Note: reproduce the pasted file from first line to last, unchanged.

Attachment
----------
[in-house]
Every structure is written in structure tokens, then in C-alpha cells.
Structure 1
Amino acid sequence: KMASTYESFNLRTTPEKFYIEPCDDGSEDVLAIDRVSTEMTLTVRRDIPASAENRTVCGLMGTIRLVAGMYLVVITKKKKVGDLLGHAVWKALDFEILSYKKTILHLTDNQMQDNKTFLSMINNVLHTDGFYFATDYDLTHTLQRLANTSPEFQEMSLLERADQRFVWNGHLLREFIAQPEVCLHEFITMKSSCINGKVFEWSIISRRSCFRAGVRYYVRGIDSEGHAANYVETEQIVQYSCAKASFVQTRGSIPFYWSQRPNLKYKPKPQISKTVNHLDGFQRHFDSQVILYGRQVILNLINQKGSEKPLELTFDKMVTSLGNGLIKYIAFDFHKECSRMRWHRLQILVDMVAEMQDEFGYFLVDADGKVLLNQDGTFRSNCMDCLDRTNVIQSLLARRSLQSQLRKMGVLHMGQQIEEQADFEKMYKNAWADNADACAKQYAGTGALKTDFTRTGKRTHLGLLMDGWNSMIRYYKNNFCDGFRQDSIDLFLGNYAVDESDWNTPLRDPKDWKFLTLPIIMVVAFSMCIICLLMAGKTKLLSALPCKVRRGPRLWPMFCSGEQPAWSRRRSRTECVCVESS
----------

[in-house]
Every structure is written in structure tokens, then in C-alpha cells.
Structure 1
Amino acid sequence: KMASTYESFNLRTTPEKFYIEPCDDGSEDVLAIDRVSTEMTLTVRRDIPASAENRTVCGLMGTIRLVAGMYLVVITKKKKVGDLLGHAVWKALDFEILSYKKTILHLTDNQMQDNKTFLSMINNVLHTDGFYFATDYDLTHTLQRLANTSPEFQEMSLLERADQRFVWNGHLLREFIAQPEVCLHEFITMKSSCINGKVFEWSIISRRSCFRAGVRYYVRGIDSEGHAANYVETEQIVQYSCAKASFVQTRGSIPFYWSQRPNLKYKPKPQISKTVNHLDGFQRHFDSQVILYGRQVILNLINQKGSEKPLELTFDKMVTSLGNGLIKYIAFDFHKECSRMRWHRLQILVDMVAEMQDEFGYFLVDADGKVLLNQDGTFRSNCMDCLDRTNVIQSLLARRSLQSQLRKMGVLHMGQQIEEQADFEKMYKNAWADNADACAKQYAGTGALKTDFTRTGKRTHLGLLMDGWNSMIRYYKNNFCDGFRQDSIDLFLGNYAVDESDWNTPLRDPKDWKFLTLPIIMVVAFSMCIICLLMAGKTKLLSALPCKVRRGPRLWPMFCSGEQPAWSRRRSRTECVCVESS